This section describes how to set up and use the event logging function in IMS AAA Server.
The IMS AAA Server provides the ability to capture log streams. Log streams capture different groups of server related events at various levels of granularity. You may configure the IMS AAA Server to capture any number of log streams. Each log stream is saved in a separate text file called a log file. Each log file is date stamped, and can be assigned a prefix for easy identification. The format for log files is Prefix_Date.log.
The level of granularity in a log stream is configurable by selecting the event level for the log group. The log group specifies the type of server related events to be captured, and the event level specifies the level of granularity. Figure 111 shows the Log Stream dialog.
To configure and save a log stream to a log file you:
- Enter a Name for the log stream-this is the name used by the server to identify the log stream.
- Enter a Prefix for the log files—this prefix is prepended to each log file created for the log stream.
- Configure the File Settings—these settings define how often the log files for this particular log stream are created, and how long they are stored.
- Configure the Log Detail—configure the level of detail to be captured for each log group using the event level slidebar for the respective log group.
In general, each event level includes all event types of a less verbose type. For example, if you configure an event level of "Warning", then warnings and errors will be logged to the specified Log Stream. The event levels in order of increasing verbosity are shown in Table 35.
An error is defined as an event that may cause the system to operate incorrectly. Examples include exceptions being thrown, an inability to continue processing a transaction, or configuration errors that cause a component to fail to start.
Warnings are less severe than errors, in that a warning should be logged when the system was able to handle an unexpected input or condition without any threat to the operation of the server. Examples of warnings include invalid packet contents, protocol violations, possibly security violations, ignored configuration data, and failures to contact remote servers.
Detail logging is intended to inform why and how the particular result indicated by standard logging was reached. Server components that perform significant processing on the transaction, such as determining validity of the packet contents, log details about decisions they made. All server components that route the transaction through different processing based on the nature of the transaction, log their routing activity at this level. The detail log is allowed to refer to the contents of messages logged at the "standard" level; that is, it will never be read without the standard messages.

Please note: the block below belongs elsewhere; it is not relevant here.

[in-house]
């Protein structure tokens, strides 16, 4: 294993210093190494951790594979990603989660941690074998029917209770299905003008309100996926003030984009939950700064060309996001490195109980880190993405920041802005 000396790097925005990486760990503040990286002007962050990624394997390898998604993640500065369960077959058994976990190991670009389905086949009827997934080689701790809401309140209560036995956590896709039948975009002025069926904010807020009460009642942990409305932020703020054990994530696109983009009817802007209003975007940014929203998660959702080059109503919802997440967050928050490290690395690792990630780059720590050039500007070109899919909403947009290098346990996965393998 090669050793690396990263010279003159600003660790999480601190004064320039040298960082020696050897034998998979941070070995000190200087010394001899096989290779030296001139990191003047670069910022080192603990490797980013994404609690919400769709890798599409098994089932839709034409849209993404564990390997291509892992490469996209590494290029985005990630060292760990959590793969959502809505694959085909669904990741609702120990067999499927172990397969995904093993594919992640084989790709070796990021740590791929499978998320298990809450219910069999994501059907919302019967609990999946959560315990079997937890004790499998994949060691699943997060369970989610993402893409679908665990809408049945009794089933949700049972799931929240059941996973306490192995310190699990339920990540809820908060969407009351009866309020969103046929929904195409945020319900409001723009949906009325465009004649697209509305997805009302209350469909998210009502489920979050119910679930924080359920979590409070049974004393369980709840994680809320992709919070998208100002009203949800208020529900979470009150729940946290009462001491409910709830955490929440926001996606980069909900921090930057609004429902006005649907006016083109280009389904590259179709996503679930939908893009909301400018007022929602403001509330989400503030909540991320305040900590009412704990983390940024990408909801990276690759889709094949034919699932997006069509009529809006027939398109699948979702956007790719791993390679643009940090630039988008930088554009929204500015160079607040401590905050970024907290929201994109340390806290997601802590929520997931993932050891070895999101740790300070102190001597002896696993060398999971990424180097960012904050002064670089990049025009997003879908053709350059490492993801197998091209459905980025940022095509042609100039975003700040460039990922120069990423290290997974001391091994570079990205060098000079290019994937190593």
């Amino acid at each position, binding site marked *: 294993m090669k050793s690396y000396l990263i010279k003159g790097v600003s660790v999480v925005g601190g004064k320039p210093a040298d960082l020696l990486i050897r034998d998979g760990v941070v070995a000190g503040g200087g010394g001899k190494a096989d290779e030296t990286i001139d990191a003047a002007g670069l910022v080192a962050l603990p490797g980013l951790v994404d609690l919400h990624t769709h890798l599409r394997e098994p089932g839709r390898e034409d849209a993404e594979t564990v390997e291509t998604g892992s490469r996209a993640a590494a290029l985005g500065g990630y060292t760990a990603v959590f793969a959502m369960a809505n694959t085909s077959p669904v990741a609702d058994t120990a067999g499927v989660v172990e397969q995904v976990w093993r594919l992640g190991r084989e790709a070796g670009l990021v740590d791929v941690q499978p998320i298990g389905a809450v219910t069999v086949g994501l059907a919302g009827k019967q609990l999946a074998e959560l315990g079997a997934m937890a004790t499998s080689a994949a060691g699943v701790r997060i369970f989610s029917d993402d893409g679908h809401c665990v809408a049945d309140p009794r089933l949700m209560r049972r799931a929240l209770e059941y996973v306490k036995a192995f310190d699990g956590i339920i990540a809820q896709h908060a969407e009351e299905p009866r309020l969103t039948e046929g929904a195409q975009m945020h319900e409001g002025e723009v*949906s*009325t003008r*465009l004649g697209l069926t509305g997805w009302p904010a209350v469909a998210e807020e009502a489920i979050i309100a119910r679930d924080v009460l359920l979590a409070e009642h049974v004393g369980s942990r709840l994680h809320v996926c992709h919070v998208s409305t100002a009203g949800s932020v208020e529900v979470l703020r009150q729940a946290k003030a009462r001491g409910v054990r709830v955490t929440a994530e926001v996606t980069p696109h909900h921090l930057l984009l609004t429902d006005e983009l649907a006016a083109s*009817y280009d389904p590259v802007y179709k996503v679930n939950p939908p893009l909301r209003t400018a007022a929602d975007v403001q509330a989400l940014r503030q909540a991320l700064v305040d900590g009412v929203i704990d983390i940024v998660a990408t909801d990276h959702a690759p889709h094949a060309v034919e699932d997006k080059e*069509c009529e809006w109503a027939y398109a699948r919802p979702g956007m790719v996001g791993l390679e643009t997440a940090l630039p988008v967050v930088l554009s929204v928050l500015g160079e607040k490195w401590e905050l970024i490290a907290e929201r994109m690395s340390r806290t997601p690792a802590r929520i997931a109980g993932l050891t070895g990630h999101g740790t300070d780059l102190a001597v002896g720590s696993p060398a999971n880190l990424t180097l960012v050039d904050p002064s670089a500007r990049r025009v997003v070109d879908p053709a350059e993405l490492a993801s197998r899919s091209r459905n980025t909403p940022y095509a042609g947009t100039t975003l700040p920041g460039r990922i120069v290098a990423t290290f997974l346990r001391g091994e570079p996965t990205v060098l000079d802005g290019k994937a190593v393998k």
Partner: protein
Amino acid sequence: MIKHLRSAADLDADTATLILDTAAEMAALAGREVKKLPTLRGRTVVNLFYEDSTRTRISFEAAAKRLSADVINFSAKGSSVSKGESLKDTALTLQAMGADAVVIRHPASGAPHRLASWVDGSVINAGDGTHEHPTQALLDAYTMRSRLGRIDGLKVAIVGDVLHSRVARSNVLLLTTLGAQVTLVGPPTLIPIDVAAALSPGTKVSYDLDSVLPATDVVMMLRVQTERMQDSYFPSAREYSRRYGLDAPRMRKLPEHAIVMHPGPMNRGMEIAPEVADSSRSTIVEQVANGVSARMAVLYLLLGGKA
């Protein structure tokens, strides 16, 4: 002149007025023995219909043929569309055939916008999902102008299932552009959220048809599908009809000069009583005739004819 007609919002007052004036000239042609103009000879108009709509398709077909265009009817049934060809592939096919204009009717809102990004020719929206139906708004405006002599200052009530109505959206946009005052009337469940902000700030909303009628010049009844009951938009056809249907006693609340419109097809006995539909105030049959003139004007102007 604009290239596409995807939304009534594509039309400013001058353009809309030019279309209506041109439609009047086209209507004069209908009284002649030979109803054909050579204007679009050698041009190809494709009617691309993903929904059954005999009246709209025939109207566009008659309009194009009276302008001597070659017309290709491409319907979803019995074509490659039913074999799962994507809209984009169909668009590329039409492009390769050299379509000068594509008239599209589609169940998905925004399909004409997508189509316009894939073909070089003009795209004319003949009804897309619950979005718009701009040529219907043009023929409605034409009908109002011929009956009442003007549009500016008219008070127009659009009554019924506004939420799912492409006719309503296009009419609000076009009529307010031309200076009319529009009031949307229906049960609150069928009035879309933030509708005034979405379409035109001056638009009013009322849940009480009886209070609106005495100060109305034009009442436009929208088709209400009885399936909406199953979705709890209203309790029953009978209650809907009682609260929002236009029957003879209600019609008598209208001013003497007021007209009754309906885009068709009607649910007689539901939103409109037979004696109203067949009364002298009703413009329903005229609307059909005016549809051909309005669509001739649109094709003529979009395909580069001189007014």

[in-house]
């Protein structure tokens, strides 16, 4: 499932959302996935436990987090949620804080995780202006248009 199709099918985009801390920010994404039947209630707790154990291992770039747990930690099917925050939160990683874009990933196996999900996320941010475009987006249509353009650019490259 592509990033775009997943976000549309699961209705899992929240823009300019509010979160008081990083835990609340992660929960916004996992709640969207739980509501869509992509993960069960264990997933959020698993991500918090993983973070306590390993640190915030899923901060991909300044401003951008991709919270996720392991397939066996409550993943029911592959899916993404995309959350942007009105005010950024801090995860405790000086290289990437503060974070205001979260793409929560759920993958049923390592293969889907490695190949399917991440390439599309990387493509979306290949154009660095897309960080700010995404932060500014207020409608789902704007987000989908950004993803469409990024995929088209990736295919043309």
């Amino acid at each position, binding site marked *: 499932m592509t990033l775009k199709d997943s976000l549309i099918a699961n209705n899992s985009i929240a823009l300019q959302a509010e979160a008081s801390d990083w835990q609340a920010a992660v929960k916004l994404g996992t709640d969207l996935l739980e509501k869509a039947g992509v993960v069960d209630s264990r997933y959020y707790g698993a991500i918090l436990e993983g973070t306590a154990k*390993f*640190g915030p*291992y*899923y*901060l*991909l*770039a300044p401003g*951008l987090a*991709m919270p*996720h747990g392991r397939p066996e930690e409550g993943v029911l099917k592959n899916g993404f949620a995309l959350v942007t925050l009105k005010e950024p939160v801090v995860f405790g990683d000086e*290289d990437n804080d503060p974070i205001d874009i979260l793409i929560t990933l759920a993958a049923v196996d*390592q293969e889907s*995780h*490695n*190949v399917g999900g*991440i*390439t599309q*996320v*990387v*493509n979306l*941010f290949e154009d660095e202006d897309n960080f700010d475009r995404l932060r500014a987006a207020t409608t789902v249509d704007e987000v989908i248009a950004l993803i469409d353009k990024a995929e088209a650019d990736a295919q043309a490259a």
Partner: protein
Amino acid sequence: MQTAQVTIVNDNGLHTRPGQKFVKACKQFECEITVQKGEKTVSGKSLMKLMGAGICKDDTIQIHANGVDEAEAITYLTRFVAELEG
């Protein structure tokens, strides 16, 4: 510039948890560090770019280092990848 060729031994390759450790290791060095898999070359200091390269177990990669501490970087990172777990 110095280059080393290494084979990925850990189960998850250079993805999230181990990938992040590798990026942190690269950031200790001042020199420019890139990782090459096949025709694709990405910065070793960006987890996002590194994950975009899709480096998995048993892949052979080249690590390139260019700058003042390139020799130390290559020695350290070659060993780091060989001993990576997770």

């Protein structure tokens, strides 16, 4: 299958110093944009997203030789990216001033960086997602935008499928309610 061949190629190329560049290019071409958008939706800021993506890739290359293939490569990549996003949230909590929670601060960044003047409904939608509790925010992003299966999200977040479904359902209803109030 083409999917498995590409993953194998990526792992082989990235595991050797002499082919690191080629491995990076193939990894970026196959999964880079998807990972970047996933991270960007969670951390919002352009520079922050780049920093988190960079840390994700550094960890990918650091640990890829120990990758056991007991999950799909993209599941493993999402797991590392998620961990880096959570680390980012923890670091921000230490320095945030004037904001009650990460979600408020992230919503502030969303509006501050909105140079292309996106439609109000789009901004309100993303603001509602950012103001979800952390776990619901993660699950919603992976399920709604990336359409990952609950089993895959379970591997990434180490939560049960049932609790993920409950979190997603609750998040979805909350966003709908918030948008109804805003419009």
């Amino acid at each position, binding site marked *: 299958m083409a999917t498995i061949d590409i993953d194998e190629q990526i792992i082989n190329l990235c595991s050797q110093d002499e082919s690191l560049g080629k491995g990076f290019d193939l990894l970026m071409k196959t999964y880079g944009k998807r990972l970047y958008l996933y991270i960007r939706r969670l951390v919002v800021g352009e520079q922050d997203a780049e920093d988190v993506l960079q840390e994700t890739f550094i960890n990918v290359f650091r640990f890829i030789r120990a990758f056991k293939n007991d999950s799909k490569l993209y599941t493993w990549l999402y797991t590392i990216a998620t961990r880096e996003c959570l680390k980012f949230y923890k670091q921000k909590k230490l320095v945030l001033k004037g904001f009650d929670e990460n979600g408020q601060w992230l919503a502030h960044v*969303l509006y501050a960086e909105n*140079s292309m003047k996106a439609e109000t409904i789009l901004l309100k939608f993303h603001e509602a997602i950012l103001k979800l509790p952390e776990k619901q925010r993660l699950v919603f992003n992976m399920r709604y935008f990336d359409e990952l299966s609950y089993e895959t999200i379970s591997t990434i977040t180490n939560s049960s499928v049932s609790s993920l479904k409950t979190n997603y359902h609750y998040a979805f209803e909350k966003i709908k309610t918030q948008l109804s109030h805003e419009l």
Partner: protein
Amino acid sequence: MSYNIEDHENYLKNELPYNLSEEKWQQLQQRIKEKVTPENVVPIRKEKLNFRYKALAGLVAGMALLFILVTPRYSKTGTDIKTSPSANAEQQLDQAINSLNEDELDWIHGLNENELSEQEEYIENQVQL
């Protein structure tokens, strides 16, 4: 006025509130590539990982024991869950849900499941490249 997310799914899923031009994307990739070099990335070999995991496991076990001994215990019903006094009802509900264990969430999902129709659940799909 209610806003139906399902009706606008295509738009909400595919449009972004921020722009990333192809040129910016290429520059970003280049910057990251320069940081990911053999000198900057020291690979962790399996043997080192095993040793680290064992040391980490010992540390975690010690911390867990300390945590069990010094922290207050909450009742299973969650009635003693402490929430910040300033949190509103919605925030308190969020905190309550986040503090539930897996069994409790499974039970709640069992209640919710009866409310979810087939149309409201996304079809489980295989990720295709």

Log groups specify the type of server functionality for which you want to log events. The log groups listed in Table 36 are available:
Using Event Logging
Be careful when using event logging because it consumes server resources while capturing events, and consumes disk space to store the log files. As such, event logging is typically used for troubleshooting purposes. We recommend you limit the amount of information captured in a log stream to control the consumption of server resources and disk space. This also makes it easier to interpret the information in the log files. For example, you might configure one log stream to capture only configuration related events only by selecting the Configuration log group event level to Detail, and setting all other log group event levels to None.
Configuring a New Log Stream
To configure a new log stream:
- Select Server Management > Logging > New.
The New Log Stream dialog opens, see Figure 111.
- Enter a name for the log stream in the Name field.
- To easily identity the log files associated with the log stream, enter a prefix for the log file in the Prefix field.
- Select the desired File Settings (Table 37):
- Using the event level slidebars, configure the event level you want to log for each log group.
- Click OK to add the log stream to the list of log streams.
Editing an Existing Log Stream
To edit an existing log stream:
- Select Server Management > Logging .
The content frame displays a list of existing Log Streams as shown in Figure 112.
- Select the log stream you want to edit and click Edit.
An edit dialog equivalent to the New Log Stream dialog shown in Figure 111 opens.
- Make the desired changes to the log stream and click OK.
Deleting a Log Stream
- Select Server Management > Logging .
The content frame displays a list of existing log streams as shown in Figure 112.
- Select the log stream you want to delete and click Delete.
You are prompted to confirm the delete operation. Click
Yesto delete the log stream or
Noto cancel the operation.